For anti-playoff advocates, that is: with Green Bay, a team that would have entered the Bowl of an Extreme or Excessive Degree as a division champion with a 15-3 record that tied for the best in its conference, there would have been few eyebrows raised to the legitimacy of the process if the Packers managed to upset New England.
Not so the Giants. Under no criteria can New York's season, one that ended with NY three full games behind the winner of its own division, with six reglar season losses - the last of those defeats to New England - be described as "better" than the Patriots'. New York beat three NFC division champions on the road, including both of the top two seeds, but the argument about the "best team," if it wasn't over a month ago, is certainly finished now. This is not like Pittsburgh's wild card run in 2005, when the Steelers finished the playoffs with the same number of wins as every team ranked in front of them at their start; ditto the Broncos in 1997. The Patriots have been something else, which can't be accounted for. If the NFL decided anything by polls, New England right now would take first, second and third place, just to accurately represent the distance. But it still has a chance, after clearly the greatest single season performance in league history, to not be the champion.
I, for one, am fine with this, and will be rooting hard for the Giants in two weeks for the first and only time in my life, in the same way I whooped and hugged Bostonians in a New Orleans Hooters six years ago when the underdog Pats knocked off the hated, near-invincible Rams. I want them to make Tom Brady cry like a little girl in front of the world. Hit him low. Hit him late. Nobody will ever say, "You know, we could have used computers and opinion polls to match the Patriots and Colts..."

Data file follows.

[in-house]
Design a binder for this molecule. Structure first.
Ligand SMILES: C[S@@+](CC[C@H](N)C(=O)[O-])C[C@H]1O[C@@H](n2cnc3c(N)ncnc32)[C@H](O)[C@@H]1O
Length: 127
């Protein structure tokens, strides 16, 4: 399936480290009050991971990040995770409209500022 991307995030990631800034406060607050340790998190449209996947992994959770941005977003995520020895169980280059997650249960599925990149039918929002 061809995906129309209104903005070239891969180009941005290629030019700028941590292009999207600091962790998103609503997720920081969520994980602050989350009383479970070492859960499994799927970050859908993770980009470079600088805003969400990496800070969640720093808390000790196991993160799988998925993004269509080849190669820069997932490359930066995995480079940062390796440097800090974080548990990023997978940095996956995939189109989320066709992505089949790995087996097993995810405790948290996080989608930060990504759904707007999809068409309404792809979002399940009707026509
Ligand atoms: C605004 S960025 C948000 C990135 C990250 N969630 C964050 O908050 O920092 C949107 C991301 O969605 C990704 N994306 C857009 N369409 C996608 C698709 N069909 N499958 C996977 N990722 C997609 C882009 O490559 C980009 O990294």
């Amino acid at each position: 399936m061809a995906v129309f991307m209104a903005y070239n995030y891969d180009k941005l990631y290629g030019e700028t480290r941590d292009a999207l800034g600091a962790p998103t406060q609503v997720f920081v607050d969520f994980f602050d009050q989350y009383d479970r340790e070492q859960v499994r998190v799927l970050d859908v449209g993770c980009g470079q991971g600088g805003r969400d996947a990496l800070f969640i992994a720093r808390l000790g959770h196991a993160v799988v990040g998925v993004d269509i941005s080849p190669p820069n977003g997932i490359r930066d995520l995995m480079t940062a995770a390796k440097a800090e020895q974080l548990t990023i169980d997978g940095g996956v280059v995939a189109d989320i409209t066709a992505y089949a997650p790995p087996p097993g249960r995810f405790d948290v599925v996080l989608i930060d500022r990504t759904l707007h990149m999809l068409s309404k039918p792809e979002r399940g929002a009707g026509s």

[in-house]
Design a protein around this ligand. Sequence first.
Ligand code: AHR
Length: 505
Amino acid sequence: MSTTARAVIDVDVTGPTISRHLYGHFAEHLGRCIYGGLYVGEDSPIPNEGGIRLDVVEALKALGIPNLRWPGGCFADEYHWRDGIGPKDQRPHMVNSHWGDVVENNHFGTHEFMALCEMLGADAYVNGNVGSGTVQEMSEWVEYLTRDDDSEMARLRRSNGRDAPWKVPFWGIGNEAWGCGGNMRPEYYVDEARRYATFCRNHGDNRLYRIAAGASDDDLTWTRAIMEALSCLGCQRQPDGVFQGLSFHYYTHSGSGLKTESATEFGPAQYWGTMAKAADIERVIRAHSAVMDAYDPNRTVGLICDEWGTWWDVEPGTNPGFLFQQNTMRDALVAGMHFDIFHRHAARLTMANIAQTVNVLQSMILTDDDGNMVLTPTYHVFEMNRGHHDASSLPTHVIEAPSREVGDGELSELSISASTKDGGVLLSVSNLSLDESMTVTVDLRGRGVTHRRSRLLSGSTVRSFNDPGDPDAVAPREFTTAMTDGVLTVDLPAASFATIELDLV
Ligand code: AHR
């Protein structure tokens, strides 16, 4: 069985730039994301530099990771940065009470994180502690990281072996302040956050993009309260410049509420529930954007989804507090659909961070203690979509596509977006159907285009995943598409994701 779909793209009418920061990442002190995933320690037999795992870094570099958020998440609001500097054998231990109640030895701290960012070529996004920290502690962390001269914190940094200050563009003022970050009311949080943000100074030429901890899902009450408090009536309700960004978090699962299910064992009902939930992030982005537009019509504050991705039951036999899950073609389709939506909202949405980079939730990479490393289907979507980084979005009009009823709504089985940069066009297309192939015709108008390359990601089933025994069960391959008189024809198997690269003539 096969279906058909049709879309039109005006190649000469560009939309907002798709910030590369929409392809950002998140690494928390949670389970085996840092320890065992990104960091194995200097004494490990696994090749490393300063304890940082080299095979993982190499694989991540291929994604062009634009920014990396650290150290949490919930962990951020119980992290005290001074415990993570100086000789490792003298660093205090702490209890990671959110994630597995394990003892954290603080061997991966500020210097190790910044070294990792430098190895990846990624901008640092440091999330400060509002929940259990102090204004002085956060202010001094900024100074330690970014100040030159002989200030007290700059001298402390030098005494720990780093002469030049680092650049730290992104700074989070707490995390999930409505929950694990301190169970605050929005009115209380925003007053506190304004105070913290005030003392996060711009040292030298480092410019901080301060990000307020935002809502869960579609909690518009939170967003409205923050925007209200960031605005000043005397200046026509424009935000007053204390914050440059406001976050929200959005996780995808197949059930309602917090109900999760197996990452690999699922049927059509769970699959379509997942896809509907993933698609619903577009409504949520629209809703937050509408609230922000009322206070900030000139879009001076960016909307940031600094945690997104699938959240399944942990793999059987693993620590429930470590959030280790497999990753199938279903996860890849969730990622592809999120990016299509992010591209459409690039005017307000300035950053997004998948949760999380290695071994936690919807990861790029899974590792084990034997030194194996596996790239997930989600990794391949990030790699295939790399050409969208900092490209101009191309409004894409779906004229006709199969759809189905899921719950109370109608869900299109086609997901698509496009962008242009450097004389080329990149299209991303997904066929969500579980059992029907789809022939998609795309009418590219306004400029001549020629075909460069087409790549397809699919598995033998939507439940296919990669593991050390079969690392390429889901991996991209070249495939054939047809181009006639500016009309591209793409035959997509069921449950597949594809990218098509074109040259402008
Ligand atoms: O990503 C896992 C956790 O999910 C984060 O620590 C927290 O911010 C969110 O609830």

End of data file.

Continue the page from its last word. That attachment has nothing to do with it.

For those who argue playoffs undermine the regular season, though, they've won this round. I don't take a step back in my advocacy (a six-loss champion that won its way through the league's best is still preferable to opinion polls), but the upcoming Super Bowl is the worst-case cross to bear with a playoff format, and it must be faced. As a cautionary tale, this is more proof the coming college football playoff needs to set the bar as high as reasonably possible to keep out the riffraff - no two teams as far apart in accomplishment as the Giants and Patriots should be competing for the same trophy. New York finished tied with a half dozen other outfits for the seventh-best record out of 32 teams, meaning roughly 18.75 percent of the league had a better regular season; compared to Division I-A, that's the equivalent of the No. 22 or 23 team in the nation making the championship (last year, according to the BCS standings that would have been 9-3 Cincinnati or 8-4 Auburn). No proposal I have ever encountered advocates letting any team that far down the list anywhere near a playoff in college, and for good reason: when one team sails so far over the bar it's barely even in sight, the competition should at least be clearing it with ease.